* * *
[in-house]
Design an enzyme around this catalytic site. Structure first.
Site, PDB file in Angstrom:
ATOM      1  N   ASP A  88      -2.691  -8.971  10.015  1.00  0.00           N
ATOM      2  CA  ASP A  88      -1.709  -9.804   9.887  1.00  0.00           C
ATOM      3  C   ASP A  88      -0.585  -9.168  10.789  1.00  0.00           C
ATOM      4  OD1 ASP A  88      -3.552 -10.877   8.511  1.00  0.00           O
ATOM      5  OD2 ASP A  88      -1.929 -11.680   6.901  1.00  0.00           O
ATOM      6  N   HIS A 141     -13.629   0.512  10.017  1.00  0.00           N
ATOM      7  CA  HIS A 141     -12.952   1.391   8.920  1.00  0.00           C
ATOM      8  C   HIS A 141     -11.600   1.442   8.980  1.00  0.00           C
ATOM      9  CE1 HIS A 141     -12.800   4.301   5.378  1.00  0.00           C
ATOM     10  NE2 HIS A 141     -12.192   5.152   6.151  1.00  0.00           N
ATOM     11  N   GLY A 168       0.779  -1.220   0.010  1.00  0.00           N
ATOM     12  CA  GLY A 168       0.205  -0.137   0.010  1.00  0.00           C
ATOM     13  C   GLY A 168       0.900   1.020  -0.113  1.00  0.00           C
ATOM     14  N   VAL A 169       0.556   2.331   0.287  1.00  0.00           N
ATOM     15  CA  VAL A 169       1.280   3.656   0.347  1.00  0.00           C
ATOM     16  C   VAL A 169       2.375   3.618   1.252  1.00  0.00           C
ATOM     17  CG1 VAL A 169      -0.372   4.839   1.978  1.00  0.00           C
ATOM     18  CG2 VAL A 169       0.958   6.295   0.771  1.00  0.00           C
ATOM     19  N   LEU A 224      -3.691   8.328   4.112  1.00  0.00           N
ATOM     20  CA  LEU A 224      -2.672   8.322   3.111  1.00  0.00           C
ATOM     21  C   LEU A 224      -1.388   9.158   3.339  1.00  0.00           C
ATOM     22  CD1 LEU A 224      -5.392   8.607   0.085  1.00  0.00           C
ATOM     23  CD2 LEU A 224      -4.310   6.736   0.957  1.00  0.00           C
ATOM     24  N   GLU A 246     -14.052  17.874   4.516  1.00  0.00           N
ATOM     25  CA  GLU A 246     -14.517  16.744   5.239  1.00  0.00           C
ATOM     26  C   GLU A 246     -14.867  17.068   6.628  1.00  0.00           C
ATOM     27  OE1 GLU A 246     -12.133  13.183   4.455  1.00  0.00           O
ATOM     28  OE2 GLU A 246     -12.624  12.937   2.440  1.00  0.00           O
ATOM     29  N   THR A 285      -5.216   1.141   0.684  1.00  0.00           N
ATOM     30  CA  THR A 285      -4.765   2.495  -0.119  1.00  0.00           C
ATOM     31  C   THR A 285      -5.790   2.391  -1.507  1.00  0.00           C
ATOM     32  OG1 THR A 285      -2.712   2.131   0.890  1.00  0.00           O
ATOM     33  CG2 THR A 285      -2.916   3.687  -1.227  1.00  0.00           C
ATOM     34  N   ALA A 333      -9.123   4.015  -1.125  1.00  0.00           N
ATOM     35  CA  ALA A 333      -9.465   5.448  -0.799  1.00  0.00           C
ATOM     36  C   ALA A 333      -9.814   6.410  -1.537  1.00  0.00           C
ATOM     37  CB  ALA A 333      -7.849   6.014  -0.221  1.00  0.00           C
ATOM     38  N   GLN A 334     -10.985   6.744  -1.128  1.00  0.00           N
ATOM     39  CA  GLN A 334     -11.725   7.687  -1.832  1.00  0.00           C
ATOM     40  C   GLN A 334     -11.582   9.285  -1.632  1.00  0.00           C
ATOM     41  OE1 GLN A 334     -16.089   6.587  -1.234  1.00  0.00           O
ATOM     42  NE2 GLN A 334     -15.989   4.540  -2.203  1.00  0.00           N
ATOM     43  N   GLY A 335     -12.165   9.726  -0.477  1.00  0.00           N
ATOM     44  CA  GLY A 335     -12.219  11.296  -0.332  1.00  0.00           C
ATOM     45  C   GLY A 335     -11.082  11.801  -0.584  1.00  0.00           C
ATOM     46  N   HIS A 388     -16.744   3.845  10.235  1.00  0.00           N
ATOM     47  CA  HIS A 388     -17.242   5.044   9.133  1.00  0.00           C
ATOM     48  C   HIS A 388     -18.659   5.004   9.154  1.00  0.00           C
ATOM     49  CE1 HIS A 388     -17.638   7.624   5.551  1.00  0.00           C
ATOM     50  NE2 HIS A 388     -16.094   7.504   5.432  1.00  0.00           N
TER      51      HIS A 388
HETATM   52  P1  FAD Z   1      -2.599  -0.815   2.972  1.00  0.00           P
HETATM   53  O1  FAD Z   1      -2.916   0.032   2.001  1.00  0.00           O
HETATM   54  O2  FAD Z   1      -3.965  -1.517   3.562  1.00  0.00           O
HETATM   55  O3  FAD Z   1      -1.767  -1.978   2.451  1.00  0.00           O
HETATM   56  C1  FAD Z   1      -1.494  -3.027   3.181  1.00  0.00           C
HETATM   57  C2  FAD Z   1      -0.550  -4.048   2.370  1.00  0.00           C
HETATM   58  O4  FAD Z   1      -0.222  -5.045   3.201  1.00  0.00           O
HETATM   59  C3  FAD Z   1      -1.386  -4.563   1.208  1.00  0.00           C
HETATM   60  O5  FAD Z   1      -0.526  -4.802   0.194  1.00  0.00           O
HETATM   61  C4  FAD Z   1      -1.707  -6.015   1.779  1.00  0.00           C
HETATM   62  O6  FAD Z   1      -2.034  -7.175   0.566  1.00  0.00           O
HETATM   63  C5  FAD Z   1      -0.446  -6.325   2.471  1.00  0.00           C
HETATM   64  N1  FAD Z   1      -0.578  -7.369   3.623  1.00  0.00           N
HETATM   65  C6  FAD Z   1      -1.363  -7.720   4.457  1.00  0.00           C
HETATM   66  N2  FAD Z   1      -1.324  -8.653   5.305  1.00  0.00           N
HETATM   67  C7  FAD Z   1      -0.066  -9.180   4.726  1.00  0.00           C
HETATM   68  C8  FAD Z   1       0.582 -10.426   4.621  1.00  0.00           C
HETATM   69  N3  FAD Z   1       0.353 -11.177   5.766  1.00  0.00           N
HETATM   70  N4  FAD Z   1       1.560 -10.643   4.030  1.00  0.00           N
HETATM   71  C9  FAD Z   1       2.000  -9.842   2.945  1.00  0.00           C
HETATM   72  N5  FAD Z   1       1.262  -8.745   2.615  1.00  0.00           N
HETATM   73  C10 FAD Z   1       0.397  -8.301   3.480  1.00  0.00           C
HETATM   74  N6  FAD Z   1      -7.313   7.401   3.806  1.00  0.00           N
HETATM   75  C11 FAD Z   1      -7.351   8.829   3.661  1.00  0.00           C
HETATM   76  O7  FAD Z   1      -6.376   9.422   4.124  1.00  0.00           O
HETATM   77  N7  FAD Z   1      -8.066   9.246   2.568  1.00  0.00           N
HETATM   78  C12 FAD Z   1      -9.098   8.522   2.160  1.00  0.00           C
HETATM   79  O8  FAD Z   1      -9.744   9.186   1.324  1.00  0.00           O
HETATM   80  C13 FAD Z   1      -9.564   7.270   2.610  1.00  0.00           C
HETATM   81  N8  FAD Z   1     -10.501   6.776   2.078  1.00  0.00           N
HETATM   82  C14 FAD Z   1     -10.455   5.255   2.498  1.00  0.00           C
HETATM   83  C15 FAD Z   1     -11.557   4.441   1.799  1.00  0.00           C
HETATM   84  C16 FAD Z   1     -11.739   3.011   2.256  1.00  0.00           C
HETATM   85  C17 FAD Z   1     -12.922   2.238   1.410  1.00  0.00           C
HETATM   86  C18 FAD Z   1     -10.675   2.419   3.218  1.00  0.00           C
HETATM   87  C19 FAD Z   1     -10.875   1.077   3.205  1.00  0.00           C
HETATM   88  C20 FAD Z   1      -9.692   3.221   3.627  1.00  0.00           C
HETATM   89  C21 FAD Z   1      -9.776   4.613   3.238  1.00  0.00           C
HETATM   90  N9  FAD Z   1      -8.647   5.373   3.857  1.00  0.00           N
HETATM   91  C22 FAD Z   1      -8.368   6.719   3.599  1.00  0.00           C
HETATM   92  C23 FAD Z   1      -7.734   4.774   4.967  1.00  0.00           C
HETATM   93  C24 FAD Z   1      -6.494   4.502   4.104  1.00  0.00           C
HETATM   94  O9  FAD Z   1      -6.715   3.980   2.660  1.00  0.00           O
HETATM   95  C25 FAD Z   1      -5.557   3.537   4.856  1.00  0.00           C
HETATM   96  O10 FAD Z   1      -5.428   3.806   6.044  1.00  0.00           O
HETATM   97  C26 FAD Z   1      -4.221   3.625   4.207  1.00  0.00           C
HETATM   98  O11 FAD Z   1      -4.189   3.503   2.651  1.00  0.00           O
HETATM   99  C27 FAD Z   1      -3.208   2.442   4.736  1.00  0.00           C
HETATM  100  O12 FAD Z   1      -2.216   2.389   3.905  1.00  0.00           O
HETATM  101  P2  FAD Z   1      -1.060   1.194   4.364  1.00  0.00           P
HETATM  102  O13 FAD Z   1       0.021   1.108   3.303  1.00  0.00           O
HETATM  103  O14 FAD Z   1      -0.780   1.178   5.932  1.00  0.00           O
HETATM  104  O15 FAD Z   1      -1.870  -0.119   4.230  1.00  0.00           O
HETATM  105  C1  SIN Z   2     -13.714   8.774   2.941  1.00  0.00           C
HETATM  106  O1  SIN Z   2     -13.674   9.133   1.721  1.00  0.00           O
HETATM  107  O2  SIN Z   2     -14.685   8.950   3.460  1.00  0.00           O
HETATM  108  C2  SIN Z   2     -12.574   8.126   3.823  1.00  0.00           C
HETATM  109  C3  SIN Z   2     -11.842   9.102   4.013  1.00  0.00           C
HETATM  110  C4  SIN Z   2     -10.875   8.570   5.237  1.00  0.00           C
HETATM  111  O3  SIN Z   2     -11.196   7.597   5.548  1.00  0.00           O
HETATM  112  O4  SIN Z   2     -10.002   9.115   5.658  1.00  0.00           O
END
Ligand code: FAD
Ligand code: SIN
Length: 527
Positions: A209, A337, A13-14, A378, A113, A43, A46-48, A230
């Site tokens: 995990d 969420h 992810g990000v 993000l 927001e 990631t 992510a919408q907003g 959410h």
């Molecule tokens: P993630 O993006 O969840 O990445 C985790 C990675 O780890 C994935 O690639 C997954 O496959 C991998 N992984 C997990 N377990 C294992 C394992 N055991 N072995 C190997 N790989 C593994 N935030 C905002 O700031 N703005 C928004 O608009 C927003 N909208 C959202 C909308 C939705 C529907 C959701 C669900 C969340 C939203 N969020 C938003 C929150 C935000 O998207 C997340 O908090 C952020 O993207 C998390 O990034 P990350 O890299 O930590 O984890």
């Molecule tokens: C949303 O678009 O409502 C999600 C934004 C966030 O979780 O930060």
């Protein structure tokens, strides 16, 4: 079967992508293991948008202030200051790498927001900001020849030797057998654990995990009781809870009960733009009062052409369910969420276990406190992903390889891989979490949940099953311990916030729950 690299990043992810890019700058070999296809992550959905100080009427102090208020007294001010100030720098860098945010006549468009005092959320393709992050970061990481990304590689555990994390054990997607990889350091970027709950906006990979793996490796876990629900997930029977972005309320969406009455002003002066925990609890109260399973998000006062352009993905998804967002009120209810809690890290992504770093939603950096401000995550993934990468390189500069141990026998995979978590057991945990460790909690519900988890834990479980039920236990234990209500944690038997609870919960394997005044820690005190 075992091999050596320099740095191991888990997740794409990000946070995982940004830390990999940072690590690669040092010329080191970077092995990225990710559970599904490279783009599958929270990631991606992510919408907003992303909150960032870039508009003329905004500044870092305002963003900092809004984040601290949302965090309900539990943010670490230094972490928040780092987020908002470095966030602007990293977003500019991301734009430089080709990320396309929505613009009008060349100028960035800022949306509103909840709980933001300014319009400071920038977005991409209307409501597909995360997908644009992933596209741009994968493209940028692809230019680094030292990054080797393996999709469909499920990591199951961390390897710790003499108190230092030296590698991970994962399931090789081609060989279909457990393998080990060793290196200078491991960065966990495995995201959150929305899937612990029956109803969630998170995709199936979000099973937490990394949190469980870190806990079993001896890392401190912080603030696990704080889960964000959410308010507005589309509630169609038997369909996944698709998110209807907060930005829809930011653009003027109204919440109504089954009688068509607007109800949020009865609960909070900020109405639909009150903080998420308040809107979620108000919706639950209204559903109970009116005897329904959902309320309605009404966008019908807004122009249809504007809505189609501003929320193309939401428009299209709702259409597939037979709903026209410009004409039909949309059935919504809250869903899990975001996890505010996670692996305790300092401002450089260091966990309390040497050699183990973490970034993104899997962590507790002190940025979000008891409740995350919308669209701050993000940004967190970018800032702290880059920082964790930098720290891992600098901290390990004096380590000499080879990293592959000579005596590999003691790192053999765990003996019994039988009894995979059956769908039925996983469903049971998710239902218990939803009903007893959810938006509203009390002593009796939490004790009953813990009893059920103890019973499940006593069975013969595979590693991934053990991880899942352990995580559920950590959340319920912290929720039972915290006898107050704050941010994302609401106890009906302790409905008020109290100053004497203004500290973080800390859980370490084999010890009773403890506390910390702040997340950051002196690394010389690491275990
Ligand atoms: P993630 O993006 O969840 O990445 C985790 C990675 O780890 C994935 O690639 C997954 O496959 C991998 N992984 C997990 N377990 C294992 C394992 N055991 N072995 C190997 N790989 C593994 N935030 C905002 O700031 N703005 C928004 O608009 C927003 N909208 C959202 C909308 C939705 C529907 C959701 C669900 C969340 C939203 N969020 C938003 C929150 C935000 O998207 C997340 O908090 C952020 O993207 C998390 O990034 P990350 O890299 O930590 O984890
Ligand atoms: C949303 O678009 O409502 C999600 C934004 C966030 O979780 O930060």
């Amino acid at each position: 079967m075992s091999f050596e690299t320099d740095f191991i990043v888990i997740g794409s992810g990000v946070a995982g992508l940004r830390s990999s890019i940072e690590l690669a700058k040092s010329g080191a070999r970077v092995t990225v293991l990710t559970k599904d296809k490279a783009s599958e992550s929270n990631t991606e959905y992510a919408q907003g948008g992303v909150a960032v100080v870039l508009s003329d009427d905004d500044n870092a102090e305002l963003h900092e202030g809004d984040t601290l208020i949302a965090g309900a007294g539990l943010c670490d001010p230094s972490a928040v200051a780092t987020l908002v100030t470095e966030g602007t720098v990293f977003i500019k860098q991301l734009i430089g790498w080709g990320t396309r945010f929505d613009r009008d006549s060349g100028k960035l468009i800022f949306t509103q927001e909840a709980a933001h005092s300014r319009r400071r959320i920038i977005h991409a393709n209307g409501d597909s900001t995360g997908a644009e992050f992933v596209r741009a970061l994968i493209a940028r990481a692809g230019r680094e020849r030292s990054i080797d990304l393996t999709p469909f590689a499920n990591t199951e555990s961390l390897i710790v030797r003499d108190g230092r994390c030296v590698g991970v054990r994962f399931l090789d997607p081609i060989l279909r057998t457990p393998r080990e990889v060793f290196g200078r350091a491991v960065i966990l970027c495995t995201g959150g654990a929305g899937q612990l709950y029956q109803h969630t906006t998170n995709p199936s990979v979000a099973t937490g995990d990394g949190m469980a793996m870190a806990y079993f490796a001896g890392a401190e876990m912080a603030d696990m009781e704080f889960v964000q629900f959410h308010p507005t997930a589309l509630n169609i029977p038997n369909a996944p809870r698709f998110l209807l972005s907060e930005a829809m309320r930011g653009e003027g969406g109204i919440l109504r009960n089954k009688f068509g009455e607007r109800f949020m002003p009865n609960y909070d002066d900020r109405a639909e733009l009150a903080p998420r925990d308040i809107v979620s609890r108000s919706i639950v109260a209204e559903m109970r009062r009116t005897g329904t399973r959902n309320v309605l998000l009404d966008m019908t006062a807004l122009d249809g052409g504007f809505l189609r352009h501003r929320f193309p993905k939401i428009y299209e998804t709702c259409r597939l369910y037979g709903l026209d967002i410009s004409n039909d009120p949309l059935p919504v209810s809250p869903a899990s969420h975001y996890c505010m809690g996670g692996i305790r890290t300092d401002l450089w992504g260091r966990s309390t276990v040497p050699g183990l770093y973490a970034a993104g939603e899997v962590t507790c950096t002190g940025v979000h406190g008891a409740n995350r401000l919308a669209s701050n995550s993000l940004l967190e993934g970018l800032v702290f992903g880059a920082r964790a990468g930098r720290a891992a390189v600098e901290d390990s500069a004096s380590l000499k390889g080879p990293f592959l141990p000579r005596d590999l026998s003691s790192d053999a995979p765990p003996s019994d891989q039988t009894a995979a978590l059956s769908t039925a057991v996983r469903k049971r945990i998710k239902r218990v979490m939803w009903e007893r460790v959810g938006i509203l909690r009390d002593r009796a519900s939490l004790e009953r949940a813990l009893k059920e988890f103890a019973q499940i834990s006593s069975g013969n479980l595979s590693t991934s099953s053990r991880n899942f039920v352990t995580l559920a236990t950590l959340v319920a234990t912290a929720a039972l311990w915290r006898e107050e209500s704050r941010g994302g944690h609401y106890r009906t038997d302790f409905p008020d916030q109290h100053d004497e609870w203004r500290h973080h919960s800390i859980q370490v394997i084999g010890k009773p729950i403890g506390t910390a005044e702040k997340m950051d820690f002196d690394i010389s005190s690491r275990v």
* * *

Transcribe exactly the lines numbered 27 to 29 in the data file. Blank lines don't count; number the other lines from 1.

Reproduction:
ATOM     24  N   GLU A 246     -14.052  17.874   4.516  1.00  0.00           N
ATOM     25  CA  GLU A 246     -14.517  16.744   5.239  1.00  0.00           C
ATOM     26  C   GLU A 246     -14.867  17.068   6.628  1.00  0.00           C